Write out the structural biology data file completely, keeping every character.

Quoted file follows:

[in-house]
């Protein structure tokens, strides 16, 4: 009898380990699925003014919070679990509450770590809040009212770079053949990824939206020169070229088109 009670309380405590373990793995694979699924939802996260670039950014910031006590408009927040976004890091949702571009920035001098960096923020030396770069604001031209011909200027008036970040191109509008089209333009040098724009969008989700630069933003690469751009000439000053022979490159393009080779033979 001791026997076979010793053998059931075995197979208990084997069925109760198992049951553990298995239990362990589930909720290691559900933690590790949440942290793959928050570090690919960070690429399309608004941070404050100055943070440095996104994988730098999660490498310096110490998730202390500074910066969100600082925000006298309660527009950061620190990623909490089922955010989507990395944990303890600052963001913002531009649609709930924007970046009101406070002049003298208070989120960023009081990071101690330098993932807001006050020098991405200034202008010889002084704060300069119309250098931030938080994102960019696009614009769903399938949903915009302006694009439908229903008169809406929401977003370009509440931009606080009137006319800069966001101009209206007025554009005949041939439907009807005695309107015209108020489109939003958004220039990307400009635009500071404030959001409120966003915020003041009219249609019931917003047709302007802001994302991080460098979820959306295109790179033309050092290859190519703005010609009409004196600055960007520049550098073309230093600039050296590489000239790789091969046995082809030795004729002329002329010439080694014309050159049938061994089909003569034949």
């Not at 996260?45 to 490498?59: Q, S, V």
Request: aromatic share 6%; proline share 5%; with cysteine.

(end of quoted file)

[in-house]
């Protein structure tokens, strides 16, 4: 009898380990699925003014919070679990509450770590809040009212770079053949990824939206020169070229088109 009670309380405590373990793995694979699924939802996260670039950014910031006590408009927040976004890091949702571009920035001098960096923020030396770069604001031209011909200027008036970040191109509008089209333009040098724009969008989700630069933003690469751009000439000053022979490159393009080779033979 001791026997076979010793053998059931075995197979208990084997069925109760198992049951553990298995239990362990589930909720290691559900933690590790949440942290793959928050570090690919960070690429399309608004941070404050100055943070440095996104994988730098999660490498310096110490998730202390500074910066969100600082925000006298309660527009950061620190990623909490089922955010989507990395944990303890600052963001913002531009649609709930924007970046009101406070002049003298208070989120960023009081990071101690330098993932807001006050020098991405200034202008010889002084704060300069119309250098931030938080994102960019696009614009769903399938949903915009302006694009439908229903008169809406929401977003370009509440931009606080009137006319800069966001101009209206007025554009005949041939439907009807005695309107015209108020489109939003958004220039990307400009635009500071404030959001409120966003915020003041009219249609019931917003047709302007802001994302991080460098979820959306295109790179033309050092290859190519703005010609009409004196600055960007520049550098073309230093600039050296590489000239790789091969046995082809030795004729002329002329010439080694014309050159049938061994089909003569034949």
């Not at 996260?45 to 490498?59: Q, S, V």
Request: aromatic share 6%; proline share 5%; with cysteine.